Bonaparte – Denis Fahey on Napoleon’s Irish connections
An Irishman’s Diary
Napoleon Bonaparte: had many connections with people born in Ireland
Shortly before his death on May 5th, 1821, Napoleon Bonaparte, in exile on St Helena, wrote a codicil to his will, bequeathing 10,000 francs (about £500) to a former sub-lieutenant in the army, Marie André Cantillon, in recognition of his attempt to assassinate the Duke of Wellington.
In February 1818, the soldier, a distant relative of Richard Cantillon, the famous economist and, like him, a descendant of the Cantillons of Ballyheigue, Co Kerry, had taken a pot shot at the Duke while the victor of Waterloo was riding through Paris. Happily for Wellington, the bullet missed its mark and happily for his would-be assassin a sympathetic jury acquitted him of attempted murder because the bullet hadn’t been found and, therefore, there was no proof that it had been fired.
The codicil caused outrage in England, not least because Wellington had forbidden his troops to kill Napoleon at Waterloo. Accounts about the payment of the bequest are contradictory but Cantillon probably received some of it eventually and he later became a grocer in Brussels.
During his career, Napoleon had many connections with people born in Ireland but a story that when he was younger an Irish priest had saved his life is almost certainly untrue. In June 1812, Fr Edward Redmond, the parish priest of Ferns, told John Trotter, a writer visiting Wexford, that it happened one summer when they were sharing an apartment in Bas Poitou in west-central France.
He claimed that once, when they were out shooting, Napoleon fell into a deep brook and would have drowned if he hadn’t pulled him out. He didn’t give the year of the occurrence and it wasn’t corroborated elsewhere .He was 29 years older than Bonaparte and, in all probability, he was simply mistaken about the identity of his companion.
Early in 1798, Napoleon met some United Irishmen, including Wolfe Tone, while he was considering the possibility of invading England on behalf of the Directory, as the French government was called.
Instead, he recommended an invasion of the Levant because their Channel fleet couldn’t match the British navy and he sailed for Egypt in May just as an insurrection was beginning in Ireland.
Almost two decades later, reminiscing with his doctor, the Irish-born surgeon, Barry O’Meara, he expressed regret about his decision. He was aware of the storm- tossed expedition led by Lazare Hoche that reached Bantry Bay in December 1796 and he believed that had Hoche landed, Ireland was lost to England but by some imbecility his frigate didn’t reach the coast and de Grouchy, the second-in-command, didn’t know what to do. If he had invaded England instead of Egypt, he would have abolished the monarchy and the House of Peers, Catholics would have been emancipated, there would have been a distribution of property and the Irish would have been “excited” to form a republic.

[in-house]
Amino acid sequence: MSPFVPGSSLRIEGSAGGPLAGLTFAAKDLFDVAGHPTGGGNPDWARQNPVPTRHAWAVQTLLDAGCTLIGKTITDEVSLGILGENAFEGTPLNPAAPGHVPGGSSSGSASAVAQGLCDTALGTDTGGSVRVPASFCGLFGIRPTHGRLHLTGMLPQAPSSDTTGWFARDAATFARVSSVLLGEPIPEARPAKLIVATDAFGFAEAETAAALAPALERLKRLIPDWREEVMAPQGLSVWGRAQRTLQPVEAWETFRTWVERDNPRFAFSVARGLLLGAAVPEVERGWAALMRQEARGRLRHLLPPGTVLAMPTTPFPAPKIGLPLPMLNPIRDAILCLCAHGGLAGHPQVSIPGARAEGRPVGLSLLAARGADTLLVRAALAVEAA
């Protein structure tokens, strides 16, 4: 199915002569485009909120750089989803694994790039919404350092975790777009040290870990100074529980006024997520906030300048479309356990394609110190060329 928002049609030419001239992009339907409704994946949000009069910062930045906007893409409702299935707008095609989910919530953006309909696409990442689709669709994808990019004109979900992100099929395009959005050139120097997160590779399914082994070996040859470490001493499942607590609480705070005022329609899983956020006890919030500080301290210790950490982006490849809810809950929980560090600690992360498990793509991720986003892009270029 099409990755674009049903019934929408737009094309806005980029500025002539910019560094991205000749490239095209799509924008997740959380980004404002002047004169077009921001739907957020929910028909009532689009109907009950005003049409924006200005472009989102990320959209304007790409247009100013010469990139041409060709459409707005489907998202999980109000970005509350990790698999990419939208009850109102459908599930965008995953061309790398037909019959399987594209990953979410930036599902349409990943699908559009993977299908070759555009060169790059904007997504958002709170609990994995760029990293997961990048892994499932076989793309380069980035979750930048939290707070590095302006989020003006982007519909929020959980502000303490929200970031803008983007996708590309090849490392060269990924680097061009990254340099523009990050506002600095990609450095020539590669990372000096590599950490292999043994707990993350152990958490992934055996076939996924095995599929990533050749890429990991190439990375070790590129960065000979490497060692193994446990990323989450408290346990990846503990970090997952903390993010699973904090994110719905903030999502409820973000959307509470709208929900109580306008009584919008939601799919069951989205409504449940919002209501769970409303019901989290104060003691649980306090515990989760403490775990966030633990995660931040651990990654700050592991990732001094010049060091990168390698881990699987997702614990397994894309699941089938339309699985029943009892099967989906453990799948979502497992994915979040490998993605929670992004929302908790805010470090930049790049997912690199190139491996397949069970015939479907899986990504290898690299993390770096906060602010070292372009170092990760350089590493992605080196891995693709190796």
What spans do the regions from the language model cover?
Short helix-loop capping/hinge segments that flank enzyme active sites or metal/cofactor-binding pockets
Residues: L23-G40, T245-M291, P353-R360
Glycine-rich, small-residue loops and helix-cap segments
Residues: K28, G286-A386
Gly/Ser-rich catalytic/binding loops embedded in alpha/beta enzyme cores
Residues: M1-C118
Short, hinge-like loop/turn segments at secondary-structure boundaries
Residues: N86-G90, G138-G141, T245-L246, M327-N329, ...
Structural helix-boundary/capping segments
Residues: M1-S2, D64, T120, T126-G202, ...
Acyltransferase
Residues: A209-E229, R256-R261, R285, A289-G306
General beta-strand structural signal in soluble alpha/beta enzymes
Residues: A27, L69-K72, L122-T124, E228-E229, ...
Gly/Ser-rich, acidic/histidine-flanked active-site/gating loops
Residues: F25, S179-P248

The possibility of invading the United Kingdom resurfaced in 1804 and he met some Irish exiles in Paris, including Thomas Addis Emmet and Arthur O’Connor, but he was less than impressed by them. They fought among themselves and he thought that they were dishonest. Still, in preparation, he formed an Irish legion but the victory of the British navy at Cape Trafalgar in 1805 made the venture impractical. The legion fought in a number of engagements during the Peninsular War from 1809 to 1814 when it was dissolved.
Despite his misgivings about his Irish visitors, he was responsible for some kindnesses to Irish people. He gave a pension to Martha Witherington, Tone’s widow, and an army commission to their son Thomas, and he saved Napper Tandy from execution by threatening to cancel peace talks with England in 1802 if he was hanged.
Later, he became friendly with O’Meara and with his successor James Verling from Cove (Cobh), after O’Meara was dismissed, but he disliked his jailer, the unsympathetic governor of the island, Hudson Lowe from Galway.
There were also more intimate connections between Irish people and the Bonapartes. Julia Clary, the daughter of an Irish silk merchant, married his brother Joseph and became queen of Naples and Spain while her sister Desirée was briefly engaged to Napoleon before marrying one of his marshals, Jean Bernadotte, and becoming queen of Sweden. His niece Letitia married Thomas Wyse, an Irish merchant, and their grandson, Andrew Bonaparte Wyse, became one of only two Catholic permanent secretaries in the Northern Ireland civil service during the Stormont era.
Between 1792 and 1815, more than 240,000 Irish men fought in the British army and navy and unknown numbers were killed or injured, yet there was little hostility to Napoleon among ordinary people and “Boney” became the subject of adulatory ballads.
The government took the threat of invasion in 1804 seriously and erected 50 watch towers around the coast. Ironically, they were called Martellos after a tower on Cape Mortella in Corsica, 150 kilometres from Napoleon’s birth place, and some remain, in various states of preservation, monuments to what might have been.